Tuesday, 10 January 2012

Grassroots arts activity makes ‘significant contribution’ to civil society, says research

A report, released today by the Third Sector Research Centre, states that grassroots arts activity makes a ‘very significant and positive contribution’ to the development of Civil Society.

Researchers from TSRC, in partnership with Universities of Exeter and Glamorgan as well as Voluntary Arts, reviewed a large amount of information on grassroots arts activity. They drew the ‘overwhelming conclusion’ that these activities help improve the well being of both individuals and communities.

There are currently more than 49,000 amateur arts groups in England. It is estimated that around 9.4 million people participate in these activities. This participation enables people to gain new skills, improve their learning, and increase feelings of self confidence and self-worth. Research studies show a strong association between cultural participation and increased literacy, maths and behaviour.

Participation in voluntary arts groups also helps create social networks, promote social cohesion and empower people and communities.

For groups such as ethnic minorities, participation in activities relating to their own culture can lead to greater pride in their identity and an empowered sense of community. For disabled people, participation can reduce isolation, increase social networks and enhance quality of life. Older people gain significant health benefits by being more socially connected.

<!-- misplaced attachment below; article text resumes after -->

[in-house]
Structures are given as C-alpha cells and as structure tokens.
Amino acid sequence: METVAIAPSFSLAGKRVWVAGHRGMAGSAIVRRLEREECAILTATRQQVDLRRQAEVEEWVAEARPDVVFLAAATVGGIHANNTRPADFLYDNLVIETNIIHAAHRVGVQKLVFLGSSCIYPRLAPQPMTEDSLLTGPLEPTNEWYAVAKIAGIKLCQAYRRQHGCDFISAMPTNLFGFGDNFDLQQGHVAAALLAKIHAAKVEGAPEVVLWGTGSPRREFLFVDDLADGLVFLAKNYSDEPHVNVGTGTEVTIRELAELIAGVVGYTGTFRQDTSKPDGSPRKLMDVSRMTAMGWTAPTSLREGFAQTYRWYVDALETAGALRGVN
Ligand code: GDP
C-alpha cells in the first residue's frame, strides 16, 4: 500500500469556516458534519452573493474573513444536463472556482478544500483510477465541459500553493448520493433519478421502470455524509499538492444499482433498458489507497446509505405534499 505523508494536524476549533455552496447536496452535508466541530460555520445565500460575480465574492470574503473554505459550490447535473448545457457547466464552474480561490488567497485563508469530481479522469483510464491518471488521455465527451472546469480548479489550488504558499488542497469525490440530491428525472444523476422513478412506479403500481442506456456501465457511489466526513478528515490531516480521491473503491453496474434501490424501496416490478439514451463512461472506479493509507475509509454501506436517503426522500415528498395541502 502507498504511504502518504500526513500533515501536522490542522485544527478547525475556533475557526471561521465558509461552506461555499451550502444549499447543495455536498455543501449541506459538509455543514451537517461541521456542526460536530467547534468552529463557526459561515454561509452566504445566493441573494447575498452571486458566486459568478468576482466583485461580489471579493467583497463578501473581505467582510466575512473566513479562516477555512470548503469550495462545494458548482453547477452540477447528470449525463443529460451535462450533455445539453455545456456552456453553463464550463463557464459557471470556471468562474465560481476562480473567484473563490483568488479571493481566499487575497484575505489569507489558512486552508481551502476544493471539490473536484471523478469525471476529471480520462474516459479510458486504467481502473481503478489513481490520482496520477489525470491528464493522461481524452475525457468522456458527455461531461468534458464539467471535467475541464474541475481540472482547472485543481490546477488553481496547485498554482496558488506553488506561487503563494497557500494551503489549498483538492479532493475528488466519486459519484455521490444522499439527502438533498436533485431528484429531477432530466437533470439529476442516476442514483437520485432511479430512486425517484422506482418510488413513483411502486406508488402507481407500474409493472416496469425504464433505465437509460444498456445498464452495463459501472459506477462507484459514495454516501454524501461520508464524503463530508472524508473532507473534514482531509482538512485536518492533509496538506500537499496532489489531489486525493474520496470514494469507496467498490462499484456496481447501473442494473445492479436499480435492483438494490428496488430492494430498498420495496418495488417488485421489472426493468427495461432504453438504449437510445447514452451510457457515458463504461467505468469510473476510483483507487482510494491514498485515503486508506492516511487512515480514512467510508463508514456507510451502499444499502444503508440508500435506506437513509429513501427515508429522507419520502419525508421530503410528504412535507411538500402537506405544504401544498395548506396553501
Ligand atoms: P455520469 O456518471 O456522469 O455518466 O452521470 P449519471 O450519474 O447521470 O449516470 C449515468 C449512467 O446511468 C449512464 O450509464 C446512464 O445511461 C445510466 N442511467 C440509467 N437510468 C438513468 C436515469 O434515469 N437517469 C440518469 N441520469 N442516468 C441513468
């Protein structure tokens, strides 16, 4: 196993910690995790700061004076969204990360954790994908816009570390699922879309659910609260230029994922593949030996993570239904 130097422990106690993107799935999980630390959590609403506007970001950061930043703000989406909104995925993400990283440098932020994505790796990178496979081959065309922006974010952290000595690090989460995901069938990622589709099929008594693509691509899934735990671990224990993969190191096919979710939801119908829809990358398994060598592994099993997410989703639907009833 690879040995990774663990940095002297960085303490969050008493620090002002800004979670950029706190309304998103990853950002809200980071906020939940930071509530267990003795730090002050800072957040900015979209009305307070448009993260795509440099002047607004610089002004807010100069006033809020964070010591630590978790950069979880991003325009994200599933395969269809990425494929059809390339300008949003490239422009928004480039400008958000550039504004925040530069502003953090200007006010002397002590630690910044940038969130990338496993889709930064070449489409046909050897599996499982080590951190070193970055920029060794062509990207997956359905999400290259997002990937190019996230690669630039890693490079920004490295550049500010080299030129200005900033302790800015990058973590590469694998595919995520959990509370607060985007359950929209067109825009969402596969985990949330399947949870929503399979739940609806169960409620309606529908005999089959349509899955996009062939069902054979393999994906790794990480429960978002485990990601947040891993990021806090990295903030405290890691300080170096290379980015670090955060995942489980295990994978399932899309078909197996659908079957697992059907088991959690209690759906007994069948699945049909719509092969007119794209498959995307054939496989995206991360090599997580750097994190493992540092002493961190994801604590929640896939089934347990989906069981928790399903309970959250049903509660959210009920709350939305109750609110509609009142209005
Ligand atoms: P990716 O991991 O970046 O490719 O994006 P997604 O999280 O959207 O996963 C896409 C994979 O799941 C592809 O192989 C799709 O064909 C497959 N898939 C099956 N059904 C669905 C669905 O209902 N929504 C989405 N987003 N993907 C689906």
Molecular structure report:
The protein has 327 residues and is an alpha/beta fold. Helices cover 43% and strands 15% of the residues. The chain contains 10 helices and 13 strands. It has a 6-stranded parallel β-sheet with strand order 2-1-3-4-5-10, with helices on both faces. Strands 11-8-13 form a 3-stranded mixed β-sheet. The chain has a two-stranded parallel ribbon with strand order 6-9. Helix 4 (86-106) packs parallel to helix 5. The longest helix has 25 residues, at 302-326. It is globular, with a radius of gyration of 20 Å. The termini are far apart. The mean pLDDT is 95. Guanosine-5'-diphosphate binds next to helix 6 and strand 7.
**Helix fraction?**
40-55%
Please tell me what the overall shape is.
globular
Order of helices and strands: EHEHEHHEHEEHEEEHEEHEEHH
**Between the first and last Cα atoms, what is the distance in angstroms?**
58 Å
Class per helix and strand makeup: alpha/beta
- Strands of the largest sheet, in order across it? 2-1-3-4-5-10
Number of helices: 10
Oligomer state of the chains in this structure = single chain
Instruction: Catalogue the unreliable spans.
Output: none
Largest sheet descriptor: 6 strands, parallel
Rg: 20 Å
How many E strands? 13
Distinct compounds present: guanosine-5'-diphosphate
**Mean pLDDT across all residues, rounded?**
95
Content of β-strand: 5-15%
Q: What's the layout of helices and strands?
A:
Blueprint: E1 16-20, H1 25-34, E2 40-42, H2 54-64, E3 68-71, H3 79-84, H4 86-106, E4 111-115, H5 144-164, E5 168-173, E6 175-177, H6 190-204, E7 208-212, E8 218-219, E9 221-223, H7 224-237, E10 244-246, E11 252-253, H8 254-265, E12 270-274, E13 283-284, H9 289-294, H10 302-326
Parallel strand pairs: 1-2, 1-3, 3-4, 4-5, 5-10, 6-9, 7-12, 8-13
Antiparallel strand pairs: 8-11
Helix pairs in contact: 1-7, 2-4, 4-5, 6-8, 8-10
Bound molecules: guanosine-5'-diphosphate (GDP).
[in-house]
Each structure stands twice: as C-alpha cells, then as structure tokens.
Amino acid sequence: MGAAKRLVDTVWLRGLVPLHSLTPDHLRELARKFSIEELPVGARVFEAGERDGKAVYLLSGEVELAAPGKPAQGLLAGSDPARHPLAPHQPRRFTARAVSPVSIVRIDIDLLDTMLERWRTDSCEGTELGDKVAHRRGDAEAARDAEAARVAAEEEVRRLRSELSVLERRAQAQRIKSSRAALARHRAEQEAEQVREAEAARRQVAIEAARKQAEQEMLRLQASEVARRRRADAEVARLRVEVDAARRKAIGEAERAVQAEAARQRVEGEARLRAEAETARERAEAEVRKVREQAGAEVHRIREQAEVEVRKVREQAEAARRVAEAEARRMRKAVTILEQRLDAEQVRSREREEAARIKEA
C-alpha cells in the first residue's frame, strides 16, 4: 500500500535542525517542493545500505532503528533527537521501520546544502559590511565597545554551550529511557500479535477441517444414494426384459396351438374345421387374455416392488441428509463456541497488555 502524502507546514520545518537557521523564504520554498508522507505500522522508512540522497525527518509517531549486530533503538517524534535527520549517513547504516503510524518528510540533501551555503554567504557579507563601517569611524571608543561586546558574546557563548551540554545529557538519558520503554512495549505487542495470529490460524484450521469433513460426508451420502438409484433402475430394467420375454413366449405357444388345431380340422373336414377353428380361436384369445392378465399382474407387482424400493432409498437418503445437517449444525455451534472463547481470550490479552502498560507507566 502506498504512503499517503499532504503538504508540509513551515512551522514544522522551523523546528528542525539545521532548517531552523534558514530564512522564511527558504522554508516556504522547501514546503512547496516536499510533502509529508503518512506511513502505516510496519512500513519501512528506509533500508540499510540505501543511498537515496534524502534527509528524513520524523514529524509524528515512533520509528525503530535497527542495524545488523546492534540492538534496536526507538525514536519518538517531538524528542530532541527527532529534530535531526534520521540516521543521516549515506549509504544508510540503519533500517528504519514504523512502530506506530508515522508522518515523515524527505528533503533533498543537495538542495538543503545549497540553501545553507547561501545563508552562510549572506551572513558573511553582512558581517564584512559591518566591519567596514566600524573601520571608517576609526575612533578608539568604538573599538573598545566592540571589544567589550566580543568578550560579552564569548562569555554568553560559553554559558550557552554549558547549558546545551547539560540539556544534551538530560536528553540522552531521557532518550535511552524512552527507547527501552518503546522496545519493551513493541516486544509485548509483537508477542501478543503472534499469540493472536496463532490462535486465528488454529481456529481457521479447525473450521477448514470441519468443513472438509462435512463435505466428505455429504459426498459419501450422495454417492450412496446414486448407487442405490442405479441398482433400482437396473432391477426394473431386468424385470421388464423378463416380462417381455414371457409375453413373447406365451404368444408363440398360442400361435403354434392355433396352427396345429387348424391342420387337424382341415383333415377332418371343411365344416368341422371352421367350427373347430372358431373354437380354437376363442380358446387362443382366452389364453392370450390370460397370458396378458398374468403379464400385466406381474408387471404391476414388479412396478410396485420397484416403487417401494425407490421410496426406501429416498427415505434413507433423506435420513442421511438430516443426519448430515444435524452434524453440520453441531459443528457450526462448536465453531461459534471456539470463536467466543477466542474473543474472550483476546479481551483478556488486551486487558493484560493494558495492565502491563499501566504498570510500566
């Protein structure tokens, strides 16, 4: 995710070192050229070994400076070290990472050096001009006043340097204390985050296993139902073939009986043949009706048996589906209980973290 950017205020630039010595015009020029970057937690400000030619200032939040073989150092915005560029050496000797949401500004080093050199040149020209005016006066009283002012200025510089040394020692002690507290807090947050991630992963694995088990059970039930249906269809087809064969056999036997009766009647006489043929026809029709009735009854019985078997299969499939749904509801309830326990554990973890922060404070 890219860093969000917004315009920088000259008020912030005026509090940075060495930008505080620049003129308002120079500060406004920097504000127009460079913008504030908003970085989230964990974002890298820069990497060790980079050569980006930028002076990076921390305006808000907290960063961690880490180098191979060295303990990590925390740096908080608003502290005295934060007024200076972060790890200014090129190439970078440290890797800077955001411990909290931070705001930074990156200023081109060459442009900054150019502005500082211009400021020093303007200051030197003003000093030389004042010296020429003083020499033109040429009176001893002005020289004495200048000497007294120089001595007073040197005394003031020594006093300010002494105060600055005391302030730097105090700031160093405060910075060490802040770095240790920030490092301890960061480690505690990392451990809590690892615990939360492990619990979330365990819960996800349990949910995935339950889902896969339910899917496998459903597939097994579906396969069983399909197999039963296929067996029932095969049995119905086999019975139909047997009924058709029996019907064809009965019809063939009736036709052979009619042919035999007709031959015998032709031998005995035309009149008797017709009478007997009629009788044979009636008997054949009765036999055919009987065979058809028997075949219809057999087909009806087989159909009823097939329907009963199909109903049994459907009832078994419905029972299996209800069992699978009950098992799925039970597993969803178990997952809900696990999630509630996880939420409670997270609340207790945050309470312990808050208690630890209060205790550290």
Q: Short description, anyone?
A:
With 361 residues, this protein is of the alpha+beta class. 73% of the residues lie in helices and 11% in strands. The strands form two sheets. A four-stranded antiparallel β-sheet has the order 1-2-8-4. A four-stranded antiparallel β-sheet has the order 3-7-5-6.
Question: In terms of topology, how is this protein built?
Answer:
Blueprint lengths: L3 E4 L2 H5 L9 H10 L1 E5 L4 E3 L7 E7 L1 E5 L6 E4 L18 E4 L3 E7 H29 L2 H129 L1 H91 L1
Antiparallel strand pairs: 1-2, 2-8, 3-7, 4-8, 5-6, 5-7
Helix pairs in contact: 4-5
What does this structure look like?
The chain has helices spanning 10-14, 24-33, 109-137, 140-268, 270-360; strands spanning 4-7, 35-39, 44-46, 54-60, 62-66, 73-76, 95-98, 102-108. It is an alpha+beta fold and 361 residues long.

The research also identifies economic impacts by amateur arts organisations, for example in sustaining community buildings and providing young people with a route into employment.

The report also highlights the need for more consistent empirical research to fully understand and quantify the impact of these activities.

Angus McCabe from the Third Sector Research Centre said ‘We found such a huge range of positive benefits associated amateur and community arts activity. Most research had been carried out on a single project basis, rather than looking at the effect of ongoing activities in communities. A large-scale project could help make information available at local authority level, and provide statistical data to help develop and implement policy.’

The research partners intend to further this research by developing a practical toolkit for assessing the outcomes of amateur arts activities in communities.

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